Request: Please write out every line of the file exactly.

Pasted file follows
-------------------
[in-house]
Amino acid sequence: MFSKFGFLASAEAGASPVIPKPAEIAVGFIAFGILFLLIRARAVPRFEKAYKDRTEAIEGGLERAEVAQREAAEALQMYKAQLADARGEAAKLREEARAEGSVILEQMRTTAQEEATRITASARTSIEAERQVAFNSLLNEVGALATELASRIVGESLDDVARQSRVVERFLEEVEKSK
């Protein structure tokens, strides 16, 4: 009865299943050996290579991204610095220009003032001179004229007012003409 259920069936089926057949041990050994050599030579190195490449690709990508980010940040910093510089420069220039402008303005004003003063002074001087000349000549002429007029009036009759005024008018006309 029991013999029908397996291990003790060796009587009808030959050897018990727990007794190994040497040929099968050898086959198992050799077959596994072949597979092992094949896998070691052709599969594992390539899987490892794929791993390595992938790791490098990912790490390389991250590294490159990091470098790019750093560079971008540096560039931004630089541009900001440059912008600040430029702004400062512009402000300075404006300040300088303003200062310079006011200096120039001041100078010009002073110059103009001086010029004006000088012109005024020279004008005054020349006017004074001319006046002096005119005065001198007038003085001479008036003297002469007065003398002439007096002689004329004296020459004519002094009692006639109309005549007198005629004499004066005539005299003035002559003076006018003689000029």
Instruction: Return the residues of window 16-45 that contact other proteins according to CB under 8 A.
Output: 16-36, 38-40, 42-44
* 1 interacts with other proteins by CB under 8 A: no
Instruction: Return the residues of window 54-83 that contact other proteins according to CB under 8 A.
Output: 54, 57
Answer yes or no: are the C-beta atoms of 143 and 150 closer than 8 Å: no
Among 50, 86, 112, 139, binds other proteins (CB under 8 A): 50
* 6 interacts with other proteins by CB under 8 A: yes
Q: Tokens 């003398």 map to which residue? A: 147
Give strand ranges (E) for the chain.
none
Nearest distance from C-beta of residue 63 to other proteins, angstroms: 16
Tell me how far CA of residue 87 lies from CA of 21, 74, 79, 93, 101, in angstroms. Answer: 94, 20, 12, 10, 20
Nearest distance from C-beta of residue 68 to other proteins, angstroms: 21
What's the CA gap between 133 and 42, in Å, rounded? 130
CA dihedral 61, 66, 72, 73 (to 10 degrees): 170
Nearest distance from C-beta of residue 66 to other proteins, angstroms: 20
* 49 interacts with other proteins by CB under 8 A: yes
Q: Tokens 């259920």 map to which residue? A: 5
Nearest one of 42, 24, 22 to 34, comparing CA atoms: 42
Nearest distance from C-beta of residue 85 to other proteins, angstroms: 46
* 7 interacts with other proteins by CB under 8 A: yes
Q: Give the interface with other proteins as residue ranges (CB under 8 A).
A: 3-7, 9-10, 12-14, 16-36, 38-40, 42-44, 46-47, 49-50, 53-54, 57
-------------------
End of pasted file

[in-house]
Amino acid sequence: MFSKFGFLASAEAGASPVIPKPAEIAVGFIAFGILFLLIRARAVPRFEKAYKDRTEAIEGGLERAEVAQREAAEALQMYKAQLADARGEAAKLREEARAEGSVILEQMRTTAQEEATRITASARTSIEAERQVAFNSLLNEVGALATELASRIVGESLDDVARQSRVVERFLEEVEKSK
């Protein structure tokens, strides 16, 4: 009865299943050996290579991204610095220009003032001179004229007012003409 259920069936089926057949041990050994050599030579190195490449690709990508980010940040910093510089420069220039402008303005004003003063002074001087000349000549002429007029009036009759005024008018006309 029991013999029908397996291990003790060796009587009808030959050897018990727990007794190994040497040929099968050898086959198992050799077959596994072949597979092992094949896998070691052709599969594992390539899987490892794929791993390595992938790791490098990912790490390389991250590294490159990091470098790019750093560079971008540096560039931004630089541009900001440059912008600040430029702004400062512009402000300075404006300040300088303003200062310079006011200096120039001041100078010009002073110059103009001086010029004006000088012109005024020279004008005054020349006017004074001319006046002096005119005065001198007038003085001479008036003297002469007065003398002439007096002689004329004296020459004519002094009692006639109309005549007198005629004499004066005539005299003035002559003076006018003689000029």
Instruction: Return the residues of window 16-45 that contact other proteins according to CB under 8 A.
Output: 16-36, 38-40, 42-44
* 1 interacts with other proteins by CB under 8 A: no
Instruction: Return the residues of window 54-83 that contact other proteins according to CB under 8 A.
Output: 54, 57
Answer yes or no: are the C-beta atoms of 143 and 150 closer than 8 Å: no
Among 50, 86, 112, 139, binds other proteins (CB under 8 A): 50
* 6 interacts with other proteins by CB under 8 A: yes
Q: Tokens 């003398």 map to which residue? A: 147
Give strand ranges (E) for the chain.
none
Nearest distance from C-beta of residue 63 to other proteins, angstroms: 16
Tell me how far CA of residue 87 lies from CA of 21, 74, 79, 93, 101, in angstroms. Answer: 94, 20, 12, 10, 20
Nearest distance from C-beta of residue 68 to other proteins, angstroms: 21
What's the CA gap between 133 and 42, in Å, rounded? 130
CA dihedral 61, 66, 72, 73 (to 10 degrees): 170
Nearest distance from C-beta of residue 66 to other proteins, angstroms: 20
* 49 interacts with other proteins by CB under 8 A: yes
Q: Tokens 């259920």 map to which residue? A: 5
Nearest one of 42, 24, 22 to 34, comparing CA atoms: 42
Nearest distance from C-beta of residue 85 to other proteins, angstroms: 46
* 7 interacts with other proteins by CB under 8 A: yes
Q: Give the interface with other proteins as residue ranges (CB under 8 A).
A: 3-7, 9-10, 12-14, 16-36, 38-40, 42-44, 46-47, 49-50, 53-54, 57